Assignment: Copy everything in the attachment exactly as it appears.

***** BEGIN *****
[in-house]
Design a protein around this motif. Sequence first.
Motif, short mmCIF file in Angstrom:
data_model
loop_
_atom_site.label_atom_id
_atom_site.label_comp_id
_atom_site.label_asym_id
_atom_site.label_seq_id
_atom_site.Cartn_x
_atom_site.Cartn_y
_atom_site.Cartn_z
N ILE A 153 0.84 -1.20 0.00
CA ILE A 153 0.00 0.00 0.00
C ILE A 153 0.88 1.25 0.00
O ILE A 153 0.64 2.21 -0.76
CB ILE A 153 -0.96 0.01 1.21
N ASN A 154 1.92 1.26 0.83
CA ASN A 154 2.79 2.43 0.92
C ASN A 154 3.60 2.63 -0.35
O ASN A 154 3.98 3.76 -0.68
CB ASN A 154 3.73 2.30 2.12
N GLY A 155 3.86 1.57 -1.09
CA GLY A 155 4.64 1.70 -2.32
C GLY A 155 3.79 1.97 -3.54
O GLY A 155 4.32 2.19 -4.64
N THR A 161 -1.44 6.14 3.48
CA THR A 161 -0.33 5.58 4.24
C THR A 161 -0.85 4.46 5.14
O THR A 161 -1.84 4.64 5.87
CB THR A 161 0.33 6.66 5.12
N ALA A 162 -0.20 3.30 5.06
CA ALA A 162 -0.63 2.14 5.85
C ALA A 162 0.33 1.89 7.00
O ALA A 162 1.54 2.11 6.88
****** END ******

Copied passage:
[in-house]
Design a protein around this motif. Sequence first.
Motif, short mmCIF file in Angstrom:
data_model
loop_
_atom_site.label_atom_id
_atom_site.label_comp_id
_atom_site.label_asym_id
_atom_site.label_seq_id
_atom_site.Cartn_x
_atom_site.Cartn_y
_atom_site.Cartn_z
N ILE A 153 0.84 -1.20 0.00
CA ILE A 153 0.00 0.00 0.00
C ILE A 153 0.88 1.25 0.00
O ILE A 153 0.64 2.21 -0.76
CB ILE A 153 -0.96 0.01 1.21
N ASN A 154 1.92 1.26 0.83
CA ASN A 154 2.79 2.43 0.92
C ASN A 154 3.60 2.63 -0.35
O ASN A 154 3.98 3.76 -0.68
CB ASN A 154 3.73 2.30 2.12
N GLY A 155 3.86 1.57 -1.09
CA GLY A 155 4.64 1.70 -2.32
C GLY A 155 3.79 1.97 -3.54
O GLY A 155 4.32 2.19 -4.64
N THR A 161 -1.44 6.14 3.48
CA THR A 161 -0.33 5.58 4.24
C THR A 161 -0.85 4.46 5.14
O THR A 161 -1.84 4.64 5.87
CB THR A 161 0.33 6.66 5.12
N ALA A 162 -0.20 3.30 5.06
CA ALA A 162 -0.63 2.14 5.85
C ALA A 162 0.33 1.89 7.00
O ALA A 162 1.54 2.11 6.88